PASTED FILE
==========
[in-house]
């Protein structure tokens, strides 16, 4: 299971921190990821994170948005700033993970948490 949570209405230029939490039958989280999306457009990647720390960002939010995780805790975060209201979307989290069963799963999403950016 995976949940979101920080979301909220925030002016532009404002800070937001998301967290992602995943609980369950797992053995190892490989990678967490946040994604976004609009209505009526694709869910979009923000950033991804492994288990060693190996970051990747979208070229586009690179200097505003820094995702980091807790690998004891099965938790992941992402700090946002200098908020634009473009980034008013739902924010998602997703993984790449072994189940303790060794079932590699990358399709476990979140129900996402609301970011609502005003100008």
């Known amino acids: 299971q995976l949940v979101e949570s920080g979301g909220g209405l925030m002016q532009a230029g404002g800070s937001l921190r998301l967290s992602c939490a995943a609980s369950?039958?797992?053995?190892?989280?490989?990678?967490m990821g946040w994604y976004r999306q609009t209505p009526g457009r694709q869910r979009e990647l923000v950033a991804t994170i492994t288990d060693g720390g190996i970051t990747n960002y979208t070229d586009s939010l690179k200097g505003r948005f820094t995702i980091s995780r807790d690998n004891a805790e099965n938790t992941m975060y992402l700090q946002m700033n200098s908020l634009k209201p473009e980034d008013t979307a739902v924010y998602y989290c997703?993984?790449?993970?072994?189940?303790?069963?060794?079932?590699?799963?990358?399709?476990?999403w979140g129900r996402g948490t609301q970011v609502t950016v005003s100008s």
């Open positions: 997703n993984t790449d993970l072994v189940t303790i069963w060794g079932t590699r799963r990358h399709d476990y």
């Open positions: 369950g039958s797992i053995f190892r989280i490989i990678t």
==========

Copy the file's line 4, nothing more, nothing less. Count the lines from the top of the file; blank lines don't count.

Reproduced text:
């Open positions: 997703n993984t790449d993970l072994v189940t303790i069963w060794g079932t590699r799963r990358h399709d476990y």